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10

Not really. Bowing is mostly a Japanese phenomenon. Even then in Shorinji Kempo (a japanese style) we don't bow but rather put our palms together in a traditional Buddhist greeting. In Chinese arts they tend to make a rough yin/yan with the hands. In boxing you touch fist with your opponent. As for when to bow this also varies. Generally it's some ...


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1. Seiza gender differences The prescribed gender differences in seiza one sometimes hears stem from traditional Japanese seating etiquette, analogous to sitting sidesaddle/astride in equestrianism, or with legs crossed/spread on a chair. These differences are echoed in texts on other traditional Japanese practices which involve seiza e.g. buddhism, chado, ...


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The traditional way to sit for men is indeed with 2 fists in between. Women can choose to close their legs but should definitely not be forced to. The placing of the hands is with your hands facing each other, placed on the end of your Judogi. You put your elbows outward. When you bow you simply place your hands in front of you the same way they are placed ...


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I feel that this question can be split in two sub-questions: Is shaking hands bad etiquette in Japan? Does this apply to (Japanese) Judo? While I have trained in Judo for a few years, my best insight for this question comes from my current training at a Kyokushin dojo. As such, I feel like I can readily answer (1), but probably not (2). In Kyokushin ...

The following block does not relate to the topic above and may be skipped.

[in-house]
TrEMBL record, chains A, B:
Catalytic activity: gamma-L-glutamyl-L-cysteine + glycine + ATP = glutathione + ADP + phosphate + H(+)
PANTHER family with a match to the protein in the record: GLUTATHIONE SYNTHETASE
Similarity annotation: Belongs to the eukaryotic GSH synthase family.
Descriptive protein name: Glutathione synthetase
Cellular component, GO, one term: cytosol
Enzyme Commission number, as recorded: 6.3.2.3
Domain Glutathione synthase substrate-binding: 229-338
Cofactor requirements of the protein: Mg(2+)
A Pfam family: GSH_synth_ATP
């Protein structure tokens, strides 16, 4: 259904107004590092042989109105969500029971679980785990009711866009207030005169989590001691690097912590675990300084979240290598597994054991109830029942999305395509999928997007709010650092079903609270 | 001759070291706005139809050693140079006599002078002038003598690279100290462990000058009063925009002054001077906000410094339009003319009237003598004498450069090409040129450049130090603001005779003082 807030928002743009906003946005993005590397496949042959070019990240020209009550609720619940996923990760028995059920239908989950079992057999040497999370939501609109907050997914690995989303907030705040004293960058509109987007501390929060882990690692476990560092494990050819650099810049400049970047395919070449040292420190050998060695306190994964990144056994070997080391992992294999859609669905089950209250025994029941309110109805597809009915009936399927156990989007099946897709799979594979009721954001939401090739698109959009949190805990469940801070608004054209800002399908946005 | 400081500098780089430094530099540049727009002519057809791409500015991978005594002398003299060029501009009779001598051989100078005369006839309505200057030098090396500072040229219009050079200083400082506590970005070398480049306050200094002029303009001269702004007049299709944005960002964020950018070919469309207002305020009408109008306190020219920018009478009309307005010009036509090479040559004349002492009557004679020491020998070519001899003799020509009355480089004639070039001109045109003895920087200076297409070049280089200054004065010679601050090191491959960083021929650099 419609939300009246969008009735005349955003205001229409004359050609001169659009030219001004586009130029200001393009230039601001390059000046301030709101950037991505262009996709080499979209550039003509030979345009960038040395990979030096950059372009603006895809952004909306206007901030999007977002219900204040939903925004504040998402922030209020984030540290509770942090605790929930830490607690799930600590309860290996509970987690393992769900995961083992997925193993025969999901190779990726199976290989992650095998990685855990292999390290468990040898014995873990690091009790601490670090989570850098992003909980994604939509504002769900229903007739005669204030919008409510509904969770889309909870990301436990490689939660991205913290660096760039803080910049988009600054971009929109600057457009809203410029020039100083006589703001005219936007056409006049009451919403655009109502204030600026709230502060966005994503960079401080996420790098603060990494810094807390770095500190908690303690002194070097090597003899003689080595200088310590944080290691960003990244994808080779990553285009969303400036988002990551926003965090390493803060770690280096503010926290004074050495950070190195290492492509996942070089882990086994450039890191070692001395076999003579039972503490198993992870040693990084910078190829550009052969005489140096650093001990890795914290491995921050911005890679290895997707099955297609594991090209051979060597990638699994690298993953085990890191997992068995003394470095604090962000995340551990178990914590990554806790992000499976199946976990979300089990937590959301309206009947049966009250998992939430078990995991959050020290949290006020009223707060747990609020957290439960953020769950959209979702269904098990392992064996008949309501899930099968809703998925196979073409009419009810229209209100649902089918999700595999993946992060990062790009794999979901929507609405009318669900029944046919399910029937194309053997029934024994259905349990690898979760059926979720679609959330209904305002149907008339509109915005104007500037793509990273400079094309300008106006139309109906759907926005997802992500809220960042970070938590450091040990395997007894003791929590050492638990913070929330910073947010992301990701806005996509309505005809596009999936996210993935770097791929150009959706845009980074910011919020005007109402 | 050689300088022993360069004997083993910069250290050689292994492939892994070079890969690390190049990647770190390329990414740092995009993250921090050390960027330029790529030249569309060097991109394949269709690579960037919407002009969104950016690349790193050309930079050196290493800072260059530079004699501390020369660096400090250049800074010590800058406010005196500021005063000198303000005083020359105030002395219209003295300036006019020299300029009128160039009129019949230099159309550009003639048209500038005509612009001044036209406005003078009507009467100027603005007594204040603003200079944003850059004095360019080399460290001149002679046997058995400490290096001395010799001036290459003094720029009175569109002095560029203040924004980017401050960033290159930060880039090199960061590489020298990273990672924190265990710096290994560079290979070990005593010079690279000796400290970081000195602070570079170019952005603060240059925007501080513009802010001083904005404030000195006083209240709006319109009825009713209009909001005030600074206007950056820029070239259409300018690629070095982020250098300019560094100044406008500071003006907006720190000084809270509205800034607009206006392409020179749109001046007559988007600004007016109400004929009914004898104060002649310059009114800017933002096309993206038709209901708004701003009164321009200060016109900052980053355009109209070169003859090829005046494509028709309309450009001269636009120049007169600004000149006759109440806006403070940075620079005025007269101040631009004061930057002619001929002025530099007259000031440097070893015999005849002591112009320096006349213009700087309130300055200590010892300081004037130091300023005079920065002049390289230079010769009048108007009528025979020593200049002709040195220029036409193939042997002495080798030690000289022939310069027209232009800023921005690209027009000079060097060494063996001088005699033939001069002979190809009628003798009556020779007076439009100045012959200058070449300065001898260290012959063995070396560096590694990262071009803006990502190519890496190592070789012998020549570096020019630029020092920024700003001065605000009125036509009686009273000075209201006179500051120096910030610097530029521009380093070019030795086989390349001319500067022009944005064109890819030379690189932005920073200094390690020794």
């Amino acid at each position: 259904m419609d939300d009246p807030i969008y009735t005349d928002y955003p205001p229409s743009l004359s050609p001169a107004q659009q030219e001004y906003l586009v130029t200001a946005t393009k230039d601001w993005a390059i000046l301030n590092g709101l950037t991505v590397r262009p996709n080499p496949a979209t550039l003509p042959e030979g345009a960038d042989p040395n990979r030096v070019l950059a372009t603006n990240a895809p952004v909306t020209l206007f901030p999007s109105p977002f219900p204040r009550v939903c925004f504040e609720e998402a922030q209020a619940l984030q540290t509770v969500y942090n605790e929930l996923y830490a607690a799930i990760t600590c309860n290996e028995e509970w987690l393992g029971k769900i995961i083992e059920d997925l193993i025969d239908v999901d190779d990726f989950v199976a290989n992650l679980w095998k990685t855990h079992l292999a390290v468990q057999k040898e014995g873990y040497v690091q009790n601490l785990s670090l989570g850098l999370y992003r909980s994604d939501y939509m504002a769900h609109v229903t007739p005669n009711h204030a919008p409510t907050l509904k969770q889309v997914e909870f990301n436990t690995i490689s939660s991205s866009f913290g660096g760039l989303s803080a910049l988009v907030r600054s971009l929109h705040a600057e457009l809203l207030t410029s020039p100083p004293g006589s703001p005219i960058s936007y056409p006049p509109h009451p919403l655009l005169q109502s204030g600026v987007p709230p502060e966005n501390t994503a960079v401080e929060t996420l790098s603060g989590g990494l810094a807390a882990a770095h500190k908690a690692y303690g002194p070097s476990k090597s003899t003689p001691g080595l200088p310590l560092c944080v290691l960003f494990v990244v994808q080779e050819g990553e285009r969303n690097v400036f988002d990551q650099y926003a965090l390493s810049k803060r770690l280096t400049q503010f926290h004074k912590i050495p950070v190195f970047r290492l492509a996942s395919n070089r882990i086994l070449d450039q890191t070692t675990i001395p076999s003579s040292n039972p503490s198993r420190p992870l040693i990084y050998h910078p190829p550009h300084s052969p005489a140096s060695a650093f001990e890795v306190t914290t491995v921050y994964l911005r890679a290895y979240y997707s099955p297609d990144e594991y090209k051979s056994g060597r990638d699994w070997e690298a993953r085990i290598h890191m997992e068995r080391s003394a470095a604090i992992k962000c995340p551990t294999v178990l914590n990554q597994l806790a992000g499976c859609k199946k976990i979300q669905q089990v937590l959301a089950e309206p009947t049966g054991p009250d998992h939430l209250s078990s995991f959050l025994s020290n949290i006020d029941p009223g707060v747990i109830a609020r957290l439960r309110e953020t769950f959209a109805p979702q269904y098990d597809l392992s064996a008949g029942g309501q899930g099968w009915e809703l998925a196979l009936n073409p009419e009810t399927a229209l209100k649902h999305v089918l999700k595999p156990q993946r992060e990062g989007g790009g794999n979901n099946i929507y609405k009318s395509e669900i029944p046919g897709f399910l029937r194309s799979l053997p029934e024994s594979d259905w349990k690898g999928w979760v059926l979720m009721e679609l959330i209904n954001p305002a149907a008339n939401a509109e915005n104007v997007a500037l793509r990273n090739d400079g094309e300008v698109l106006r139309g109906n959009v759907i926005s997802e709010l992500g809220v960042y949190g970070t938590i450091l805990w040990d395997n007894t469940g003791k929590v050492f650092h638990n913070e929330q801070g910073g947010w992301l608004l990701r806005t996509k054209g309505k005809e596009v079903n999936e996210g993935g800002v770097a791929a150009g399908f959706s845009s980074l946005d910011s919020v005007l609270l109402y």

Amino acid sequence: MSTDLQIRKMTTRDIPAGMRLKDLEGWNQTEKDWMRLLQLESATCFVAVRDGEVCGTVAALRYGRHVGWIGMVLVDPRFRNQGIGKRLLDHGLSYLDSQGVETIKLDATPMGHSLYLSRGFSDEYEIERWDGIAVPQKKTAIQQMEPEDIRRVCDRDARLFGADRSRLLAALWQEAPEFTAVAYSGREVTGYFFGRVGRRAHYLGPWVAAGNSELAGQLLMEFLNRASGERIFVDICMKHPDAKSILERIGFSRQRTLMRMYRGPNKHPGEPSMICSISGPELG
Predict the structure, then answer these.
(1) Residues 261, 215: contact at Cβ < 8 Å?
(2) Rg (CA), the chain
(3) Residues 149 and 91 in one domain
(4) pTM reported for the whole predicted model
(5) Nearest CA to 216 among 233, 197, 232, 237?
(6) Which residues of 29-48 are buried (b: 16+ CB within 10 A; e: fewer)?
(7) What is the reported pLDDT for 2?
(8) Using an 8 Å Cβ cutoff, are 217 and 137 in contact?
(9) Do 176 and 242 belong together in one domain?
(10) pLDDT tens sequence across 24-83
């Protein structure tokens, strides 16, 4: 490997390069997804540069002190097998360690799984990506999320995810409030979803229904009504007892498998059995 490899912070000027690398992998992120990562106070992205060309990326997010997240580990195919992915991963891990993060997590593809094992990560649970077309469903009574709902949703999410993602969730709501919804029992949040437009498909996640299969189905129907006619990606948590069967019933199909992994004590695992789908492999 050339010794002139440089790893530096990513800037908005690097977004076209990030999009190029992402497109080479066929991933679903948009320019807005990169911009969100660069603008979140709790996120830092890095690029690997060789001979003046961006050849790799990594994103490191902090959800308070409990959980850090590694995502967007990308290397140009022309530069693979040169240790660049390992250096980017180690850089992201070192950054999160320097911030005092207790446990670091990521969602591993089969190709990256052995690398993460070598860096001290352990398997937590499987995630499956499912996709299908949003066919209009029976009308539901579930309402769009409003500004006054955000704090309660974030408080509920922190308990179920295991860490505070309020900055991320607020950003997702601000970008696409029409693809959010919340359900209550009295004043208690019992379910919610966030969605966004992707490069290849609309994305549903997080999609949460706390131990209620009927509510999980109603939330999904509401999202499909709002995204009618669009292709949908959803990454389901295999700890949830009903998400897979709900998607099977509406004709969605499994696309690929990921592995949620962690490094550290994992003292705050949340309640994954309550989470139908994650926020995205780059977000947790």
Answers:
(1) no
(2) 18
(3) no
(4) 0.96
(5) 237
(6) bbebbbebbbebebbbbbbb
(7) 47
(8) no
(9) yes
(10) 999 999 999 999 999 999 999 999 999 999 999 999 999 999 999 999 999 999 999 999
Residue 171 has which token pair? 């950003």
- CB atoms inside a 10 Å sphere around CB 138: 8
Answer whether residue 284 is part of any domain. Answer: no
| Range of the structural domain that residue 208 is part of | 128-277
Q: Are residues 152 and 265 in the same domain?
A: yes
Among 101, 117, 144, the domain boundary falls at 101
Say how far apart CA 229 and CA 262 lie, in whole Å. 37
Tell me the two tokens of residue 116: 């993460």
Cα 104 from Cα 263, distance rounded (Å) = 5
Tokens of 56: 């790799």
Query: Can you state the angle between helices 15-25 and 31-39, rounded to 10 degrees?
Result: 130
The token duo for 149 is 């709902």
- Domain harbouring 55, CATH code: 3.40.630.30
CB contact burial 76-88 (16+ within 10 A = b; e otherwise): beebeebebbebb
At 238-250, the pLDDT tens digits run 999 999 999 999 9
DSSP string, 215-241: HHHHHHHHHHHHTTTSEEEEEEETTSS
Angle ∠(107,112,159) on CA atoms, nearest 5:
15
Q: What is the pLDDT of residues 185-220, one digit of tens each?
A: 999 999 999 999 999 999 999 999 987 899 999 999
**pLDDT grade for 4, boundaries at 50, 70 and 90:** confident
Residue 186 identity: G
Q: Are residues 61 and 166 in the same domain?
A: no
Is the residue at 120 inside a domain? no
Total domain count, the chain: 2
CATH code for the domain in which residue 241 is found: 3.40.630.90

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Some info from the IJF regarding what they consider appropriate bowing etiquette during matches: RESPECT FOR THE FIGHT CEREMONY The ceremony of the bow was formalized by the IJF Education Commission. It must be scrupulously observed. The bows and particularly the bow to the opponent at the beginning of the fight must be respected rigorously and it is ...


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It seems a lot of myths are being perpetuated here. Many answers are correct - but in martial context can only apply to a greeting as might be done when entering or exiting the kwoon, or greeting Sifu. But as to Japanese kata, the context of the question, and also Korean poomsae/hyung, the covered fist has absolutely nothing to do with greetings, war and ...


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This hand posture is also found associated with the sho chiku bai (pine, bamboo, plum) formations as seen at this link: http://www.skski.net/sho-chiku-bai-mon.html. More details about that can be found there, as well. In Morihei Ueshiba's book on aikido talks about the sho chiku bai throughout its pages, but doesn't discuss the hand postures: http://www....


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